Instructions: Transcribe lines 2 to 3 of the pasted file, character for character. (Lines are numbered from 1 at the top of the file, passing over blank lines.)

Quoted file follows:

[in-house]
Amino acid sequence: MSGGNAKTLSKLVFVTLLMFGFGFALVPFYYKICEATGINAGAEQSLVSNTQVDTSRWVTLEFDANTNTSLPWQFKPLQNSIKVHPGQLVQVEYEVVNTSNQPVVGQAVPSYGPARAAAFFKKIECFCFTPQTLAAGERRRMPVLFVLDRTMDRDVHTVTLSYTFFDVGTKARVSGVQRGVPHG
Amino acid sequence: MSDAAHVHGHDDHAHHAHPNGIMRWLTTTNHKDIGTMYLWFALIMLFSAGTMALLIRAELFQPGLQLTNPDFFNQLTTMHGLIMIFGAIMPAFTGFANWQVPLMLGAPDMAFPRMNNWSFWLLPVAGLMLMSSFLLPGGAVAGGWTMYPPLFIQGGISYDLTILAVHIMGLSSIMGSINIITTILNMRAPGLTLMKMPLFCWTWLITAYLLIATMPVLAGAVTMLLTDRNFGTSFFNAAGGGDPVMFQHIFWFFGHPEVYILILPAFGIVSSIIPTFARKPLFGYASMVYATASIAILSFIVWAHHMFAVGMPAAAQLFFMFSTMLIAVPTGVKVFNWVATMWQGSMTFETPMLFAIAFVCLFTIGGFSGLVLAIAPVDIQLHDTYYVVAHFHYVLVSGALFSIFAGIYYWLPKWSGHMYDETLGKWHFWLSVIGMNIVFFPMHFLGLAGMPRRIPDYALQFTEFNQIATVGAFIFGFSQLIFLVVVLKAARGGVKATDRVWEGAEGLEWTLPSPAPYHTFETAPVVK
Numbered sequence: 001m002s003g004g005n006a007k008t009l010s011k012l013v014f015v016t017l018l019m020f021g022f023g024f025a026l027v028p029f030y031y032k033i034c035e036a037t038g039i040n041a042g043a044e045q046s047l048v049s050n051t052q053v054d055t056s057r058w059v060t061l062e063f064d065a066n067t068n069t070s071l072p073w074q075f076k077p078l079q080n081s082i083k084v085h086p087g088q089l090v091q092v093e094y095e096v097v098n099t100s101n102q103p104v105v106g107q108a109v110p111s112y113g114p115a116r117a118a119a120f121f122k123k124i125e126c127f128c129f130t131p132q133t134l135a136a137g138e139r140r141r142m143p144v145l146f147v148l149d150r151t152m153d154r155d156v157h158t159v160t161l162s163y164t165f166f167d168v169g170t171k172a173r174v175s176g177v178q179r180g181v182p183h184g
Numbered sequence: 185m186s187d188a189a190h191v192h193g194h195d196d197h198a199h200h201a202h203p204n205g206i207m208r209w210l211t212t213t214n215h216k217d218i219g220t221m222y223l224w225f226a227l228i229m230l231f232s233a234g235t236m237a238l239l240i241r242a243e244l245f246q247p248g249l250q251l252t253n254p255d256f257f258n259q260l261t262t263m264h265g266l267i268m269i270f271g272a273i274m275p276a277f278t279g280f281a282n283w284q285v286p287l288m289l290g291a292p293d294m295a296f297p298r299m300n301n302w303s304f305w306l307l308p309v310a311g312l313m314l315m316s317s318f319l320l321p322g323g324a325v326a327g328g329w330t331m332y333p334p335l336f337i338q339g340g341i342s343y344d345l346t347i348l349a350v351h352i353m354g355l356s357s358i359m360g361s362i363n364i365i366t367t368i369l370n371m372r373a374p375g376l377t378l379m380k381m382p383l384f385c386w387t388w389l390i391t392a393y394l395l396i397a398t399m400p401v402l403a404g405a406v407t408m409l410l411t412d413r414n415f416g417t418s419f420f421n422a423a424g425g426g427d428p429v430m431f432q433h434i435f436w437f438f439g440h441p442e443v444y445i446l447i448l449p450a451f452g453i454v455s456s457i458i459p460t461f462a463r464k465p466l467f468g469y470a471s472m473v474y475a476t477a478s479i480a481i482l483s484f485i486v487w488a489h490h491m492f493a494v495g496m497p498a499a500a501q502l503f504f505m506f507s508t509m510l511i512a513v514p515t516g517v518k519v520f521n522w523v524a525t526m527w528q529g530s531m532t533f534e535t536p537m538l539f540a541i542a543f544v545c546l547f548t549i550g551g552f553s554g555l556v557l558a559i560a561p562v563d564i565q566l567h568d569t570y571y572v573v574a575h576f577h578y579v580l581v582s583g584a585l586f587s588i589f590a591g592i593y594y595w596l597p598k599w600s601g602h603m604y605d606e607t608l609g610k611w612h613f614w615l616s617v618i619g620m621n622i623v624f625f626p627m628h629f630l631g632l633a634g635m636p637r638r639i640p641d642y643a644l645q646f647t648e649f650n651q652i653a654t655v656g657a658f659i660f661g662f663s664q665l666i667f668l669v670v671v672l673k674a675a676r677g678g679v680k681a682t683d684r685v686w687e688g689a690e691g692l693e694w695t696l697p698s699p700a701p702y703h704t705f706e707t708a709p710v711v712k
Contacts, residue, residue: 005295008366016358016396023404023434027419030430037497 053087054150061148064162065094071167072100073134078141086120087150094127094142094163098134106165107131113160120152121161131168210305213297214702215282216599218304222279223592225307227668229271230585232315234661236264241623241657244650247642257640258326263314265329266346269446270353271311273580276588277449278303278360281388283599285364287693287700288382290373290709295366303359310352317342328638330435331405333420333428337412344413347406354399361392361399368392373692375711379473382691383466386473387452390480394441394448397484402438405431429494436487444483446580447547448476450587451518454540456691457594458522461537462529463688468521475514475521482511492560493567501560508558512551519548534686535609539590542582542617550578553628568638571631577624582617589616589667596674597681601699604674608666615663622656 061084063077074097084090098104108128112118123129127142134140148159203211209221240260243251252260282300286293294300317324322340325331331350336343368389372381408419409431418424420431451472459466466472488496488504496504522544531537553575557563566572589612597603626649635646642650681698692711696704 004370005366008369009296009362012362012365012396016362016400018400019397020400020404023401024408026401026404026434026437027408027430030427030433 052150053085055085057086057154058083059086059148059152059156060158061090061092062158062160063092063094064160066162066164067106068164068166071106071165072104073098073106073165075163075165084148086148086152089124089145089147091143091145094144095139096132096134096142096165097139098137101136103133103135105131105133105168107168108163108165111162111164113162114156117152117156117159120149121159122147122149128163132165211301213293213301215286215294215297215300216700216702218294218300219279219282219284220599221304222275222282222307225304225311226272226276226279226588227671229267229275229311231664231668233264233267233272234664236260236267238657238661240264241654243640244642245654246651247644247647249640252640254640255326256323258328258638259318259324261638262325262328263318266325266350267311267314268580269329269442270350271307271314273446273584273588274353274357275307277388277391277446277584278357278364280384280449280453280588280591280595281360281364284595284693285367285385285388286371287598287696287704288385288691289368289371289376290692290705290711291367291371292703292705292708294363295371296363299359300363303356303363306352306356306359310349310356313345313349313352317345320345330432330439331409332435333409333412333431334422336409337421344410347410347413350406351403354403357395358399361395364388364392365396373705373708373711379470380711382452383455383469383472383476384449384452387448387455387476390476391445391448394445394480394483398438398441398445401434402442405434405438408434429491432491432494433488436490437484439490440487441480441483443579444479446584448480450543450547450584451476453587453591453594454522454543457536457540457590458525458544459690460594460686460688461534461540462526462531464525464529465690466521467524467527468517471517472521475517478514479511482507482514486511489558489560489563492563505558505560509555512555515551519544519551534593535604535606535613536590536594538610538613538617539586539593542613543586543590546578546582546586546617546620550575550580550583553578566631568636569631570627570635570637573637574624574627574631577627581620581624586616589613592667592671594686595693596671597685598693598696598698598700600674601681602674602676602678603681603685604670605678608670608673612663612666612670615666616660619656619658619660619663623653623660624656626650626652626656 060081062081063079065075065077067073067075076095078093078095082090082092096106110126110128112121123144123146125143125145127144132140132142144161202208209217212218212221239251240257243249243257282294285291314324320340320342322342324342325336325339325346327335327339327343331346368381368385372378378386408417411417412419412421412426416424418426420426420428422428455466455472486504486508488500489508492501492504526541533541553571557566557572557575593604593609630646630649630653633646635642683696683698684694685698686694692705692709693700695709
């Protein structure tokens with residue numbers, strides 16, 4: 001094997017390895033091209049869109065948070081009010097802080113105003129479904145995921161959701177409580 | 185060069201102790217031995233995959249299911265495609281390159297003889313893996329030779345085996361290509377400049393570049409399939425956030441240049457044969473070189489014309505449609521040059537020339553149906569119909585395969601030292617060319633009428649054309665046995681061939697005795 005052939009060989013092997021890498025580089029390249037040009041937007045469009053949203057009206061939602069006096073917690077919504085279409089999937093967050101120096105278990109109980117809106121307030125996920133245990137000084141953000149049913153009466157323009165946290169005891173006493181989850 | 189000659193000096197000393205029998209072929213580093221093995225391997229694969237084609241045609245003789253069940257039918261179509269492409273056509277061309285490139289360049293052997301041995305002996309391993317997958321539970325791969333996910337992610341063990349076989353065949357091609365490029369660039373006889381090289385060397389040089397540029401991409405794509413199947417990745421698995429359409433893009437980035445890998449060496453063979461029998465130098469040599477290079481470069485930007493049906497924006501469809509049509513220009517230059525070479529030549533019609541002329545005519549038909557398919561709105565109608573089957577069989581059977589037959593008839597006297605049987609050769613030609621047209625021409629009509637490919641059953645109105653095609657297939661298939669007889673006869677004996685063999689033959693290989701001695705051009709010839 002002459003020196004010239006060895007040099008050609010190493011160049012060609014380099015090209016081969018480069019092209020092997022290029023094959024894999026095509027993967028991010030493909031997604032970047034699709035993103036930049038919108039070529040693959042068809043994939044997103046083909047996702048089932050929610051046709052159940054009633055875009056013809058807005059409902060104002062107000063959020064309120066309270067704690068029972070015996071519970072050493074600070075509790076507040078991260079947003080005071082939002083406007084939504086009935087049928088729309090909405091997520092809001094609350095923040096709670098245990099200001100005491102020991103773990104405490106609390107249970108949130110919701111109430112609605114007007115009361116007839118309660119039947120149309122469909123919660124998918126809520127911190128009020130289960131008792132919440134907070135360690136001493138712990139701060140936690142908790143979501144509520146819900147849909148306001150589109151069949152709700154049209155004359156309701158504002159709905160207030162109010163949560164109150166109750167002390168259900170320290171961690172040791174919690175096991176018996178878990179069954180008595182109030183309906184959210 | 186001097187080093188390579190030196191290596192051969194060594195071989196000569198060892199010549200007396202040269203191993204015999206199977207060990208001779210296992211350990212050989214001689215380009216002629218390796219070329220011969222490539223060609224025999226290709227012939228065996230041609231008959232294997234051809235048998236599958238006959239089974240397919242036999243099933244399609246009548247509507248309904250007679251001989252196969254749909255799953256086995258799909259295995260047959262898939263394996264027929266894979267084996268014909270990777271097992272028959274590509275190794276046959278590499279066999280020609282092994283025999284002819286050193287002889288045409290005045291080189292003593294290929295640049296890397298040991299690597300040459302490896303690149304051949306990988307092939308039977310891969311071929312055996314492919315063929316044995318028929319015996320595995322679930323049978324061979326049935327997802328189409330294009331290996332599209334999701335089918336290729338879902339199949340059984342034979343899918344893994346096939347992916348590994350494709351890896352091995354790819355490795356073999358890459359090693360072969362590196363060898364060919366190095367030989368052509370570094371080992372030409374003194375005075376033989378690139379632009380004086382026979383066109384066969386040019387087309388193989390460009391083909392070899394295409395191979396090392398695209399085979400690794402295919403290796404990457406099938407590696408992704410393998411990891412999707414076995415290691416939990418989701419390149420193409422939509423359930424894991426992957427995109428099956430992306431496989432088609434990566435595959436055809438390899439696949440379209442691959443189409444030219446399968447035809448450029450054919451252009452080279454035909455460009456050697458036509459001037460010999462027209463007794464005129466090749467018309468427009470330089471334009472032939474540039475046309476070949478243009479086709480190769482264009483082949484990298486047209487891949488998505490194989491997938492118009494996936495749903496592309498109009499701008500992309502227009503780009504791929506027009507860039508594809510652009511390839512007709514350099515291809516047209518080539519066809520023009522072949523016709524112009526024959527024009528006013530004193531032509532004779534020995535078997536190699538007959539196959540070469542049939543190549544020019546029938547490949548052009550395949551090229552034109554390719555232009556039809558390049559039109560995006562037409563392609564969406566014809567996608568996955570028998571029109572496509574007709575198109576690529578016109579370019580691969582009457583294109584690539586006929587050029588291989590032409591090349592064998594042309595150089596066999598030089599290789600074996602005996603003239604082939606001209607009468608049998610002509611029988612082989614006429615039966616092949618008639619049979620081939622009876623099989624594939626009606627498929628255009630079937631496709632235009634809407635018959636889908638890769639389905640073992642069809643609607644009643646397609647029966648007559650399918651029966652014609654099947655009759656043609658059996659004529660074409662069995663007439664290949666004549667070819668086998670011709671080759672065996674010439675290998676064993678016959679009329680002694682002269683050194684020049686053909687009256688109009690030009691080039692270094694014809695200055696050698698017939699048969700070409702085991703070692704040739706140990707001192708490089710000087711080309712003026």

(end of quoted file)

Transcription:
Amino acid sequence: MSGGNAKTLSKLVFVTLLMFGFGFALVPFYYKICEATGINAGAEQSLVSNTQVDTSRWVTLEFDANTNTSLPWQFKPLQNSIKVHPGQLVQVEYEVVNTSNQPVVGQAVPSYGPARAAAFFKKIECFCFTPQTLAAGERRRMPVLFVLDRTMDRDVHTVTLSYTFFDVGTKARVSGVQRGVPHG
Amino acid sequence: MSDAAHVHGHDDHAHHAHPNGIMRWLTTTNHKDIGTMYLWFALIMLFSAGTMALLIRAELFQPGLQLTNPDFFNQLTTMHGLIMIFGAIMPAFTGFANWQVPLMLGAPDMAFPRMNNWSFWLLPVAGLMLMSSFLLPGGAVAGGWTMYPPLFIQGGISYDLTILAVHIMGLSSIMGSINIITTILNMRAPGLTLMKMPLFCWTWLITAYLLIATMPVLAGAVTMLLTDRNFGTSFFNAAGGGDPVMFQHIFWFFGHPEVYILILPAFGIVSSIIPTFARKPLFGYASMVYATASIAILSFIVWAHHMFAVGMPAAAQLFFMFSTMLIAVPTGVKVFNWVATMWQGSMTFETPMLFAIAFVCLFTIGGFSGLVLAIAPVDIQLHDTYYVVAHFHYVLVSGALFSIFAGIYYWLPKWSGHMYDETLGKWHFWLSVIGMNIVFFPMHFLGLAGMPRRIPDYALQFTEFNQIATVGAFIFGFSQLIFLVVVLKAARGGVKATDRVWEGAEGLEWTLPSPAPYHTFETAPVVK